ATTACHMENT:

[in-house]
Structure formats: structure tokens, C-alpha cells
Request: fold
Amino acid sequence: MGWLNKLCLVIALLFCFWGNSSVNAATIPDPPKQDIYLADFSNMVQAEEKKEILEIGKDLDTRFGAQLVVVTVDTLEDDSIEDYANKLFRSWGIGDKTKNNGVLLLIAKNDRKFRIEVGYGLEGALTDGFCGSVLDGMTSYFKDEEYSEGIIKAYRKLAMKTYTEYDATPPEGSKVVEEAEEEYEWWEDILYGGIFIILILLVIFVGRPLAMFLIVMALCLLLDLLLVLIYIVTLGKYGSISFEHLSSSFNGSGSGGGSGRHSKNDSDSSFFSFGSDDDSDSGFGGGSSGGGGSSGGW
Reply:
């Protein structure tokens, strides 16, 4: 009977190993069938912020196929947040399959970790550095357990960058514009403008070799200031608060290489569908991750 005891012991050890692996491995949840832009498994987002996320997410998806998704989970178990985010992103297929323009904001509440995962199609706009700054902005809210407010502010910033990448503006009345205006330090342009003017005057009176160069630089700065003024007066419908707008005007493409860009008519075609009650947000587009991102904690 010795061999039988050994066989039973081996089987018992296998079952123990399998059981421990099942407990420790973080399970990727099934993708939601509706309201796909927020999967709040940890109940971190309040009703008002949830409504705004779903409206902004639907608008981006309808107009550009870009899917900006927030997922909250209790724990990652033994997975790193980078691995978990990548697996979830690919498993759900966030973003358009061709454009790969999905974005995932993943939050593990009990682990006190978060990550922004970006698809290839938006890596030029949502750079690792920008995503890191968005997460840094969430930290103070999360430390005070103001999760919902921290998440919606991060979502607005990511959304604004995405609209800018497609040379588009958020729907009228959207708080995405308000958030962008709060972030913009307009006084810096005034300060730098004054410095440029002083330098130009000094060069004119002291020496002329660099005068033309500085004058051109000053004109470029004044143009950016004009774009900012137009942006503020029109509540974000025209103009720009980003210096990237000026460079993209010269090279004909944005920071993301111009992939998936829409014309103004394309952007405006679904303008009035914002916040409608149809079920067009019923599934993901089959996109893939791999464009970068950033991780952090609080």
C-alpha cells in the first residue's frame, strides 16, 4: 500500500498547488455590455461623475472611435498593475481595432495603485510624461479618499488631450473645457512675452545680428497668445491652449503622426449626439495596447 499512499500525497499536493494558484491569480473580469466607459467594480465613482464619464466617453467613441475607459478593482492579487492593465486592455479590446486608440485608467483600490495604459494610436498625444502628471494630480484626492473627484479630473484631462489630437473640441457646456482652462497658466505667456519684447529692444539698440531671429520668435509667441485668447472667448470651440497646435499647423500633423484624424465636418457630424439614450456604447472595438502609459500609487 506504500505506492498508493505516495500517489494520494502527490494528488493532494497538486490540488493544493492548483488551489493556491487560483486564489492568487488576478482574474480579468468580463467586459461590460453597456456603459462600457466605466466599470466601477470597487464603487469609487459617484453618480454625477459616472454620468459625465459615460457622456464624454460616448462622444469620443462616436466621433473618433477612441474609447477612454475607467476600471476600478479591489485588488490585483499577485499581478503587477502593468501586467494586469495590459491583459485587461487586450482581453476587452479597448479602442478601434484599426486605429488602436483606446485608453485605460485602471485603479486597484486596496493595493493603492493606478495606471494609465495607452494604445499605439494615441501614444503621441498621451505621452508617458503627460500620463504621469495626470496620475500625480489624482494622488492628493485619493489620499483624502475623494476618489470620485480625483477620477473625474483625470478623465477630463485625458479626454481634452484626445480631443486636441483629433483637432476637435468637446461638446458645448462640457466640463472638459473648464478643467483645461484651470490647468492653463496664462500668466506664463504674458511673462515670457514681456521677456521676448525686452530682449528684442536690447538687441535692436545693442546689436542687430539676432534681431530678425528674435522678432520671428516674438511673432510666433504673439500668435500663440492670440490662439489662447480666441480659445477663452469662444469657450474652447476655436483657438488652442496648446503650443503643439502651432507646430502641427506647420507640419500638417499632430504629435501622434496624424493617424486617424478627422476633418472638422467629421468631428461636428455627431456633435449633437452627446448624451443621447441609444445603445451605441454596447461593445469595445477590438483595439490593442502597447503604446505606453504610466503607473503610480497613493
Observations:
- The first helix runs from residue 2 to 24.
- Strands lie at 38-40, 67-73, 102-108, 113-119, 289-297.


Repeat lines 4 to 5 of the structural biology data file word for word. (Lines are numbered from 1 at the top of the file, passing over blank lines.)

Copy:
Amino acid sequence: MGWLNKLCLVIALLFCFWGNSSVNAATIPDPPKQDIYLADFSNMVQAEEKKEILEIGKDLDTRFGAQLVVVTVDTLEDDSIEDYANKLFRSWGIGDKTKNNGVLLLIAKNDRKFRIEVGYGLEGALTDGFCGSVLDGMTSYFKDEEYSEGIIKAYRKLAMKTYTEYDATPPEGSKVVEEAEEEYEWWEDILYGGIFIILILLVIFVGRPLAMFLIVMALCLLLDLLLVLIYIVTLGKYGSISFEHLSSSFNGSGSGGGSGRHSKNDSDSSFFSFGSDDDSDSGFGGGSSGGGGSSGGW
Reply: